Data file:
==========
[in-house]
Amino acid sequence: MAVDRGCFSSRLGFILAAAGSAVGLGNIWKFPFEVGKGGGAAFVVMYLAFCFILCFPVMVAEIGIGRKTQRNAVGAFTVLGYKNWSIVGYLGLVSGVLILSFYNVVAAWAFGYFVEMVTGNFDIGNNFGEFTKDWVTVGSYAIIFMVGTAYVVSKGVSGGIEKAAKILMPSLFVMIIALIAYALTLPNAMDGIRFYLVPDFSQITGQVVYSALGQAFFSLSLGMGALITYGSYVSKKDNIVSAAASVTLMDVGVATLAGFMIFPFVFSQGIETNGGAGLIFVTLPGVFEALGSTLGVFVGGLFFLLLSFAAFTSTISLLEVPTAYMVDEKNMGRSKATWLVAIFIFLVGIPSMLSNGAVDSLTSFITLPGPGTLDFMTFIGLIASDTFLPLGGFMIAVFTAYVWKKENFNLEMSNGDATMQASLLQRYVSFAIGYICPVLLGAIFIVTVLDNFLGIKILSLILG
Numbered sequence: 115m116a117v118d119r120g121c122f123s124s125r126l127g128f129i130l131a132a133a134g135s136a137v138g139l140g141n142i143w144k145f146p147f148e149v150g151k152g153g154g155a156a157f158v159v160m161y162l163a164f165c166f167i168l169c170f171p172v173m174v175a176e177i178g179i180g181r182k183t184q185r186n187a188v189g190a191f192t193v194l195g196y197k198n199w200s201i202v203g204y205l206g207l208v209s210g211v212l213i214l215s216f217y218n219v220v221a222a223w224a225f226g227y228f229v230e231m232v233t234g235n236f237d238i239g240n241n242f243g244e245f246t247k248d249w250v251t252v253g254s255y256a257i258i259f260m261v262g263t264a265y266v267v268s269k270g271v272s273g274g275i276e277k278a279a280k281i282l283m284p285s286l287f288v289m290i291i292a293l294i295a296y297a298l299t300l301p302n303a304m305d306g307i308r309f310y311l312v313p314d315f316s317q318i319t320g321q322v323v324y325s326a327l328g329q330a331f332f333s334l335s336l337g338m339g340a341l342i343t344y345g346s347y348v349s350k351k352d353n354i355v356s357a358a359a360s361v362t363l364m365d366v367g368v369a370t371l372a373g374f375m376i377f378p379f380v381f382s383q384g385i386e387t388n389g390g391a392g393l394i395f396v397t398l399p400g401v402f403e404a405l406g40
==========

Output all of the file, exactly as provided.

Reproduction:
[in-house]
Amino acid sequence: MAVDRGCFSSRLGFILAAAGSAVGLGNIWKFPFEVGKGGGAAFVVMYLAFCFILCFPVMVAEIGIGRKTQRNAVGAFTVLGYKNWSIVGYLGLVSGVLILSFYNVVAAWAFGYFVEMVTGNFDIGNNFGEFTKDWVTVGSYAIIFMVGTAYVVSKGVSGGIEKAAKILMPSLFVMIIALIAYALTLPNAMDGIRFYLVPDFSQITGQVVYSALGQAFFSLSLGMGALITYGSYVSKKDNIVSAAASVTLMDVGVATLAGFMIFPFVFSQGIETNGGAGLIFVTLPGVFEALGSTLGVFVGGLFFLLLSFAAFTSTISLLEVPTAYMVDEKNMGRSKATWLVAIFIFLVGIPSMLSNGAVDSLTSFITLPGPGTLDFMTFIGLIASDTFLPLGGFMIAVFTAYVWKKENFNLEMSNGDATMQASLLQRYVSFAIGYICPVLLGAIFIVTVLDNFLGIKILSLILG
Numbered sequence: 115m116a117v118d119r120g121c122f123s124s125r126l127g128f129i130l131a132a133a134g135s136a137v138g139l140g141n142i143w144k145f146p147f148e149v150g151k152g153g154g155a156a157f158v159v160m161y162l163a164f165c166f167i168l169c170f171p172v173m174v175a176e177i178g179i180g181r182k183t184q185r186n187a188v189g190a191f192t193v194l195g196y197k198n199w200s201i202v203g204y205l206g207l208v209s210g211v212l213i214l215s216f217y218n219v220v221a222a223w224a225f226g227y228f229v230e231m232v233t234g235n236f237d238i239g240n241n242f243g244e245f246t247k248d249w250v251t252v253g254s255y256a257i258i259f260m261v262g263t264a265y266v267v268s269k270g271v272s273g274g275i276e277k278a279a280k281i282l283m284p285s286l287f288v289m290i291i292a293l294i295a296y297a298l299t300l301p302n303a304m305d306g307i308r309f310y311l312v313p314d315f316s317q318i319t320g321q322v323v324y325s326a327l328g329q330a331f332f333s334l335s336l337g338m339g340a341l342i343t344y345g346s347y348v349s350k351k352d353n354i355v356s357a358a359a360s361v362t363l364m365d366v367g368v369a370t371l372a373g374f375m376i377f378p379f380v381f382s383q384g385i386e387t388n389g390g391a392g393l394i395f396v397t398l399p400g401v402f403e404a405l406g40